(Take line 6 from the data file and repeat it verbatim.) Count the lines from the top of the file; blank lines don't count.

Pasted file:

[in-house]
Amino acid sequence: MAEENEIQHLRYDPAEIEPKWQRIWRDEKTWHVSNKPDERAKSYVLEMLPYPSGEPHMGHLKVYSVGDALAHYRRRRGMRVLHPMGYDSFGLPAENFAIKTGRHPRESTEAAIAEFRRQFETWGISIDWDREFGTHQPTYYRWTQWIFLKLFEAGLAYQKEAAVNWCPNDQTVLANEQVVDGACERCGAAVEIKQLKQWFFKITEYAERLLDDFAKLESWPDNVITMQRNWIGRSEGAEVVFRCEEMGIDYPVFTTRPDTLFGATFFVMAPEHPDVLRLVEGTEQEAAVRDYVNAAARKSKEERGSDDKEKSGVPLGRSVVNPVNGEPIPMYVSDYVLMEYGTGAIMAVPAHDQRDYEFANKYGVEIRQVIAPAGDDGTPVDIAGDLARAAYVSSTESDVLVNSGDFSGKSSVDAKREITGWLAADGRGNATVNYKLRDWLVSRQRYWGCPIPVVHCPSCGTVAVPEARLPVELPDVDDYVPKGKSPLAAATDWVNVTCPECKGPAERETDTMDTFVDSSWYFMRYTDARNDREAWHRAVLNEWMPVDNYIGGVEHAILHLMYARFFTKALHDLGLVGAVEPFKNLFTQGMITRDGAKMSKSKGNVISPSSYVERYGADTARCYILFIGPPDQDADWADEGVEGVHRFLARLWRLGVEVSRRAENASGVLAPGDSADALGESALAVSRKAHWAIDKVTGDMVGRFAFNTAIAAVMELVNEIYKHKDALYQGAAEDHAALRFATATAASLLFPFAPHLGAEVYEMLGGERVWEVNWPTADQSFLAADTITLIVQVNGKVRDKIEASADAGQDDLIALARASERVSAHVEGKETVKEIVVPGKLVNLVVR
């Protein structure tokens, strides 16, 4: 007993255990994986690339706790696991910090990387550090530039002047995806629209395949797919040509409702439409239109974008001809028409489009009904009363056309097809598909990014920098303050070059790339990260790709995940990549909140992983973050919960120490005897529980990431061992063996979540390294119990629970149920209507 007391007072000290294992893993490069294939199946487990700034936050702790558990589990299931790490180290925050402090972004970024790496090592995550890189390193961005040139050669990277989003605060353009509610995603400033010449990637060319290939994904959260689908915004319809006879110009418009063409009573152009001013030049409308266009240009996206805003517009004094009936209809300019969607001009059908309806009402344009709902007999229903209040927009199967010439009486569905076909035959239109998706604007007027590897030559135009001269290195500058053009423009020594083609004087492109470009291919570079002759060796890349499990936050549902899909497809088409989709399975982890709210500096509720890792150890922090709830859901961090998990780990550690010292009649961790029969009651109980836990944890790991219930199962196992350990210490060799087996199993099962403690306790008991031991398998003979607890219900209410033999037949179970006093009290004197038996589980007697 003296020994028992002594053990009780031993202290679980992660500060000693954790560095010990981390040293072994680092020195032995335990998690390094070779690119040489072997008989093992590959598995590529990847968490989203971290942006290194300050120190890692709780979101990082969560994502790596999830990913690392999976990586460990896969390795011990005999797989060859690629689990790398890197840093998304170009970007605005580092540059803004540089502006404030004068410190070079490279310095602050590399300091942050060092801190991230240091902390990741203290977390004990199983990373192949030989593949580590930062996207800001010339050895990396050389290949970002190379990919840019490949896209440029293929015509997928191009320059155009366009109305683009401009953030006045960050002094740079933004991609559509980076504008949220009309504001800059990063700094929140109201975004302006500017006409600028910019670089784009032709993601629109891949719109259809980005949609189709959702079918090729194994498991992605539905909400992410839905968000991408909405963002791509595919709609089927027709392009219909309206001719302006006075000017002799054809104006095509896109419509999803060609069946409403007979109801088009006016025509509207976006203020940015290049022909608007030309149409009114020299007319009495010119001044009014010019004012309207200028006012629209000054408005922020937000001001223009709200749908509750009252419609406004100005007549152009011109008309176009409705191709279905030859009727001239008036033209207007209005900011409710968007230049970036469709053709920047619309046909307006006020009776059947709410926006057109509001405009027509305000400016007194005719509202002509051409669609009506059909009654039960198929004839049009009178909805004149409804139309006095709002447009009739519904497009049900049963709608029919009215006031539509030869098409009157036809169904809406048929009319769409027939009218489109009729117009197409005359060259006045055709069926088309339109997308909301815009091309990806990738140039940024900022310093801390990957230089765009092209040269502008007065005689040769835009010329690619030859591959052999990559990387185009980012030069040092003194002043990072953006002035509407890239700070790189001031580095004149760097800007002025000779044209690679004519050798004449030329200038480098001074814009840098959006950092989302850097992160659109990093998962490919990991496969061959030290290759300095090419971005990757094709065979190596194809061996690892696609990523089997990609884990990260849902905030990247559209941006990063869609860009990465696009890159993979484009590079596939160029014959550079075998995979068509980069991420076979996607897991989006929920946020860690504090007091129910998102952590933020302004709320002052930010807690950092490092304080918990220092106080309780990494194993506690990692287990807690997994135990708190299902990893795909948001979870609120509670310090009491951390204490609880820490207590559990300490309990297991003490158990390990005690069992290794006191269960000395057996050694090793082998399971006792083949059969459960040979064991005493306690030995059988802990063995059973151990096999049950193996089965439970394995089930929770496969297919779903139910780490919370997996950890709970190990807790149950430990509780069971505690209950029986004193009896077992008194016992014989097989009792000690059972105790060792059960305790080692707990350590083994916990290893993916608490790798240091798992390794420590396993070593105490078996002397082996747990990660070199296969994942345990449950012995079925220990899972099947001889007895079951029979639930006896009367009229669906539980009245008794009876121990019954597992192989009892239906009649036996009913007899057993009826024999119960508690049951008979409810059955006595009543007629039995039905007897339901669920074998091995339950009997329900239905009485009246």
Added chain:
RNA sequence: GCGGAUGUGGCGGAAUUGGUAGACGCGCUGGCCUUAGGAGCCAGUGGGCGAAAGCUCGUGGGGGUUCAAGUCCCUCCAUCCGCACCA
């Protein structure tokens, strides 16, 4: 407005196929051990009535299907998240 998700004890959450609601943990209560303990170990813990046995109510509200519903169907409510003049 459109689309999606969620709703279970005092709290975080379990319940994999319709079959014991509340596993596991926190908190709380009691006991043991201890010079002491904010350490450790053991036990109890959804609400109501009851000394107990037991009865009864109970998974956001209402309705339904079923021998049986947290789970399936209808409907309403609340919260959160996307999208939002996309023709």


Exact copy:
């Protein structure tokens, strides 16, 4: 407005196929051990009535299907998240 998700004890959450609601943990209560303990170990813990046995109510509200519903169907409510003049 459109689309999606969620709703279970005092709290975080379990319940994999319709079959014991509340596993596991926190908190709380009691006991043991201890010079002491904010350490450790053991036990109890959804609400109501009851000394107990037991009865009864109970998974956001209402309705339904079923021998049986947290789970399936209808409907309403609340919260959160996307999208939002996309023709």